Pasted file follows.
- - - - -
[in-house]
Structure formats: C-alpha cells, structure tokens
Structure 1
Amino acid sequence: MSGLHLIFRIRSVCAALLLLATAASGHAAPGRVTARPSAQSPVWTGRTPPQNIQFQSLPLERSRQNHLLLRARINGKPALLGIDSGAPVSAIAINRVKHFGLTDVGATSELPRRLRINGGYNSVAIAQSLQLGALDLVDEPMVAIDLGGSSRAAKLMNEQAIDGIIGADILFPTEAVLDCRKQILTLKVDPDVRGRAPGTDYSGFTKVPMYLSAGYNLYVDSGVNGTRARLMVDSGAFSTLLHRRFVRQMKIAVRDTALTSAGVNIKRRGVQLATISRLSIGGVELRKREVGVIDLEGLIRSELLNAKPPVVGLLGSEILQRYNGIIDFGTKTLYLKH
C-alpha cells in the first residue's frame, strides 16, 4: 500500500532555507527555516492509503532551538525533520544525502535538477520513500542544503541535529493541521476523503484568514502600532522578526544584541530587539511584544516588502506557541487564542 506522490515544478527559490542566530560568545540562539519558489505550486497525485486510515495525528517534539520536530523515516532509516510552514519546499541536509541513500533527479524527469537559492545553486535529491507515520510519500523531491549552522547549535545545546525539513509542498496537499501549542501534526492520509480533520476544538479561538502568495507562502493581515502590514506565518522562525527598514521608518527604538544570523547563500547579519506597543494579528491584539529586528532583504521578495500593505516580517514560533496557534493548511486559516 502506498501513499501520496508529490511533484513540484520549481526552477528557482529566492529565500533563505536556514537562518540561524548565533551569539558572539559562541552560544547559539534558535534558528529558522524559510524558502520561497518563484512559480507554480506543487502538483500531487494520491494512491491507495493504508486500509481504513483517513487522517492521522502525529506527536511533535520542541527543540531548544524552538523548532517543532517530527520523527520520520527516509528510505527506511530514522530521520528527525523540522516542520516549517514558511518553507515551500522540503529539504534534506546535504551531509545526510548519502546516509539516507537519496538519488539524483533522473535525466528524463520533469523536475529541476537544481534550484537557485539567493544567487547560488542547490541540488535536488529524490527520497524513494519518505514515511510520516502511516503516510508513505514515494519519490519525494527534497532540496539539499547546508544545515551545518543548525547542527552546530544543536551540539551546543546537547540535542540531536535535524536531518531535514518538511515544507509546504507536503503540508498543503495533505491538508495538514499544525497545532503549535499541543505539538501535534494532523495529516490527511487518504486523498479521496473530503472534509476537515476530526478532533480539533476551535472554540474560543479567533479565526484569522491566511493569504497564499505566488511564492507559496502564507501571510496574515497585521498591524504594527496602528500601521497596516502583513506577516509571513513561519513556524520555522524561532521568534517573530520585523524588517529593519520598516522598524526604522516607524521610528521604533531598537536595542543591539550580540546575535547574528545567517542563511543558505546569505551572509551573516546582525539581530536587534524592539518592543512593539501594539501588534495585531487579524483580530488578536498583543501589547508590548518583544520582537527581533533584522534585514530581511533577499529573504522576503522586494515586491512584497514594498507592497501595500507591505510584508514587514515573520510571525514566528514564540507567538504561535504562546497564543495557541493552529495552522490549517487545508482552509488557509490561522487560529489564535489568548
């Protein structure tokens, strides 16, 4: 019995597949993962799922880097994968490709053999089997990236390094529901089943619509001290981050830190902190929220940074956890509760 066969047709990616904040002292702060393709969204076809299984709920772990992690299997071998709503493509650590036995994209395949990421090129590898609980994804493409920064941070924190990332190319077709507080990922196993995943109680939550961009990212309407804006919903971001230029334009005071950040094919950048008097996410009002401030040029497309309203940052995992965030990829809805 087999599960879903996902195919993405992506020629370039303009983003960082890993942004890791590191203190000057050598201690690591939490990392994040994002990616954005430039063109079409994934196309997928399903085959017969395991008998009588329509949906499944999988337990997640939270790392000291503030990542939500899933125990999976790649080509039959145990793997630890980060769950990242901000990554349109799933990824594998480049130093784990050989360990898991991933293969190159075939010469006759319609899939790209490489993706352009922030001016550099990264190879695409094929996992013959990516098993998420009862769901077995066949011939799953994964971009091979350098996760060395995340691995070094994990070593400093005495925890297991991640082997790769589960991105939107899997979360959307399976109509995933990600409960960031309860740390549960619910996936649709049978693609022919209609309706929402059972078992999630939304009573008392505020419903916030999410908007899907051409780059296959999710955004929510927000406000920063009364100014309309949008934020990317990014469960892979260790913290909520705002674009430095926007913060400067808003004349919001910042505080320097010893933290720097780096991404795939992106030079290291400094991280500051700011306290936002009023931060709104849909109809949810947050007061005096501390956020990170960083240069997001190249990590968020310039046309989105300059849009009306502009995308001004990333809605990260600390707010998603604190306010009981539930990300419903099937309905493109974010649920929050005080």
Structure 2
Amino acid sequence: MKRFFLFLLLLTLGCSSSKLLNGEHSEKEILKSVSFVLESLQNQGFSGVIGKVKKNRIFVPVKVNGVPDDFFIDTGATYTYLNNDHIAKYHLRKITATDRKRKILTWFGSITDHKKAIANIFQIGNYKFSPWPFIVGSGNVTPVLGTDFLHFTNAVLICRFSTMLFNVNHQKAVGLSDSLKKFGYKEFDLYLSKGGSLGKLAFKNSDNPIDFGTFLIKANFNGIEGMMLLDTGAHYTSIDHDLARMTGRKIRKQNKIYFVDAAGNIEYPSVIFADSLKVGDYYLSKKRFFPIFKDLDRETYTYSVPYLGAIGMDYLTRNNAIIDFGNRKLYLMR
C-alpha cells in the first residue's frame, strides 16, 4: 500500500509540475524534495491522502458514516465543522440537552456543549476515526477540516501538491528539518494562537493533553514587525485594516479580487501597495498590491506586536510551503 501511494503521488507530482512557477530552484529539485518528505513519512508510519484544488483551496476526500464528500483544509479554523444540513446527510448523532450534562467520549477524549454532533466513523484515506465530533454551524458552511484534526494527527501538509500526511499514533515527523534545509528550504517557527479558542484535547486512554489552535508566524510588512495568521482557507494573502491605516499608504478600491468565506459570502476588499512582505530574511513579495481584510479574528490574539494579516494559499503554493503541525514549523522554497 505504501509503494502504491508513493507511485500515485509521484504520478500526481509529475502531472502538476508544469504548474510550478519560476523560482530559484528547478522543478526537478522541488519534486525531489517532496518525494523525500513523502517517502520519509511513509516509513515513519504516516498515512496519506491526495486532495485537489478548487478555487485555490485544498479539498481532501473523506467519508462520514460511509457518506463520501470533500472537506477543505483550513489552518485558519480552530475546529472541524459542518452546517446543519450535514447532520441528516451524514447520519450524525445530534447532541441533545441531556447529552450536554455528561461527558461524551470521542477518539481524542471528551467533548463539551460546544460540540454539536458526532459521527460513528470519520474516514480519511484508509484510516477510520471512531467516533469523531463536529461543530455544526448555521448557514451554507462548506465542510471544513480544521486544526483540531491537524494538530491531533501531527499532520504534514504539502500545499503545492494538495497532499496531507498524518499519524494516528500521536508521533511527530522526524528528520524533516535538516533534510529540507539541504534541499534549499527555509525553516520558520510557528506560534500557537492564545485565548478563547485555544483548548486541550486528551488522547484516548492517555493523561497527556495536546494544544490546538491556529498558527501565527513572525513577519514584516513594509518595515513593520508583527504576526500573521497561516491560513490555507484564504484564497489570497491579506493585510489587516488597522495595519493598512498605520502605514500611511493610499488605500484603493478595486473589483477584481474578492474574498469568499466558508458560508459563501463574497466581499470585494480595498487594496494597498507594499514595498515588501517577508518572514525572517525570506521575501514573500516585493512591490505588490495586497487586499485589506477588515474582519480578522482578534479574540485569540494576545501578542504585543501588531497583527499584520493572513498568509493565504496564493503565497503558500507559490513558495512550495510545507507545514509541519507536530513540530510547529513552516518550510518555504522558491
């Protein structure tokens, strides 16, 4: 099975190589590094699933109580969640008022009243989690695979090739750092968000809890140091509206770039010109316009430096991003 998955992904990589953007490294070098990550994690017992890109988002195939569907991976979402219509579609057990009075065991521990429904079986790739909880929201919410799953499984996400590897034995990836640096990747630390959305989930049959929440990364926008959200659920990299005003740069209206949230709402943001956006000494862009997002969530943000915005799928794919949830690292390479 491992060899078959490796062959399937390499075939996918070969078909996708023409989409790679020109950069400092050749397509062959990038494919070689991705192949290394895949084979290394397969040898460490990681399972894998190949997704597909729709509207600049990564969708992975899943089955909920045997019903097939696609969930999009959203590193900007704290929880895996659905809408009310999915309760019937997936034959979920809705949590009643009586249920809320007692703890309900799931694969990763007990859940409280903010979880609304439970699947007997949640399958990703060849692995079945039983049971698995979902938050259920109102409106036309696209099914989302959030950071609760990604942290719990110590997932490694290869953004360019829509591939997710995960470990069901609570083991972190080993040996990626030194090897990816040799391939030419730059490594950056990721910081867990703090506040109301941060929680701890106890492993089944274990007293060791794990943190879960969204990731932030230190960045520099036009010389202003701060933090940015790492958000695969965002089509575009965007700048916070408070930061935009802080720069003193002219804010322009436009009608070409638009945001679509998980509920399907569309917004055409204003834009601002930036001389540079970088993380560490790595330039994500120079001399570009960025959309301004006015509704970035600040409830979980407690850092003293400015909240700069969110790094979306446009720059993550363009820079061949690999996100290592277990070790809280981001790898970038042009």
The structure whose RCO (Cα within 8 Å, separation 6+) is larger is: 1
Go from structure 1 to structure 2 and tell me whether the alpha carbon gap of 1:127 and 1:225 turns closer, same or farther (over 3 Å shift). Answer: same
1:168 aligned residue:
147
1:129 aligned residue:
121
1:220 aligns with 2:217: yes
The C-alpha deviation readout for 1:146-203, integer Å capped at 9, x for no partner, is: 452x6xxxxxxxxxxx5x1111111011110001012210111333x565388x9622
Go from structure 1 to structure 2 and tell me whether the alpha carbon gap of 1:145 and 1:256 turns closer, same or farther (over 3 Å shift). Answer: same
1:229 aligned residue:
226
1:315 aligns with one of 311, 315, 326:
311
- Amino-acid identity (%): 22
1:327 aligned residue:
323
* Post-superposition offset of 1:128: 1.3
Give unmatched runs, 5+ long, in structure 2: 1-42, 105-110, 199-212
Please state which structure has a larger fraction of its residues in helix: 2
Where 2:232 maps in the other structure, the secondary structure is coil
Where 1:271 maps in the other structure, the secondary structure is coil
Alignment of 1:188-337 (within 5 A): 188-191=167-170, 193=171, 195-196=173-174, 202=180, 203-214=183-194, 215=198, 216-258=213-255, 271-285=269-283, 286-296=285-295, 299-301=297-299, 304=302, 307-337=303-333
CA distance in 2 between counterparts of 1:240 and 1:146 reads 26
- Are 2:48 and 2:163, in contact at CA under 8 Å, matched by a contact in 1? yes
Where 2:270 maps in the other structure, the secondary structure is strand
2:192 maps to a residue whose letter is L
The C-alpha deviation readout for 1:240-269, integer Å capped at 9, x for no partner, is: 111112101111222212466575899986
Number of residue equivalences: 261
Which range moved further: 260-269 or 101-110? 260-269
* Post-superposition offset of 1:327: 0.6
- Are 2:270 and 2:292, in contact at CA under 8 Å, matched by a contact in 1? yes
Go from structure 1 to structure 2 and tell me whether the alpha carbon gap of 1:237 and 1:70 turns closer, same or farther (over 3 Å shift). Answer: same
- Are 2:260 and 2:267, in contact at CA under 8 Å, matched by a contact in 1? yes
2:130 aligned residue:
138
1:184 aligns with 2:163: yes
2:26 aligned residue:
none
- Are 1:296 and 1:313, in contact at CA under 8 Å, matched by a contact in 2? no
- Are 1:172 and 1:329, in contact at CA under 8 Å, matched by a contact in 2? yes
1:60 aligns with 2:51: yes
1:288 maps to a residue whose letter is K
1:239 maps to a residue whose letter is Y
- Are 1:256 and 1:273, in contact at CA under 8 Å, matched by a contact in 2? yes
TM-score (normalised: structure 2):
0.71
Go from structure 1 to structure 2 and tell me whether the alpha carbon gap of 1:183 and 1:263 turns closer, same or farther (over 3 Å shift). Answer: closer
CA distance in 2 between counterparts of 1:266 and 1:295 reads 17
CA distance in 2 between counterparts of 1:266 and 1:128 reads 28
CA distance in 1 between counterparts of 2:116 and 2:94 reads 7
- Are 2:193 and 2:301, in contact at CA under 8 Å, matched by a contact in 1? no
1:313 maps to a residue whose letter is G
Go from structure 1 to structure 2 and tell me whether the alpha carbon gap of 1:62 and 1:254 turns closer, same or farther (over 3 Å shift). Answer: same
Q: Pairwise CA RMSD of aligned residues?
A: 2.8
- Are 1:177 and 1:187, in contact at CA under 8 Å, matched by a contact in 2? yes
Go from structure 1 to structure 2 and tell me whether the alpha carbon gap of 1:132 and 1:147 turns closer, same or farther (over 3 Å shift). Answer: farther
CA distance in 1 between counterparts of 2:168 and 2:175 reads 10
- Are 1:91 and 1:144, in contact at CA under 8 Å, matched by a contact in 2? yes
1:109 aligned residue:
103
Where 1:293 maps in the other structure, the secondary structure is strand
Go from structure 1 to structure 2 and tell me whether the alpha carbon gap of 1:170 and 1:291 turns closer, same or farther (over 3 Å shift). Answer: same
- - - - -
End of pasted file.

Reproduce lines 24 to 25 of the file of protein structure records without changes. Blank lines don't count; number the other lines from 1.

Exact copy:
- Amino-acid identity (%): 22
1:327 aligned residue: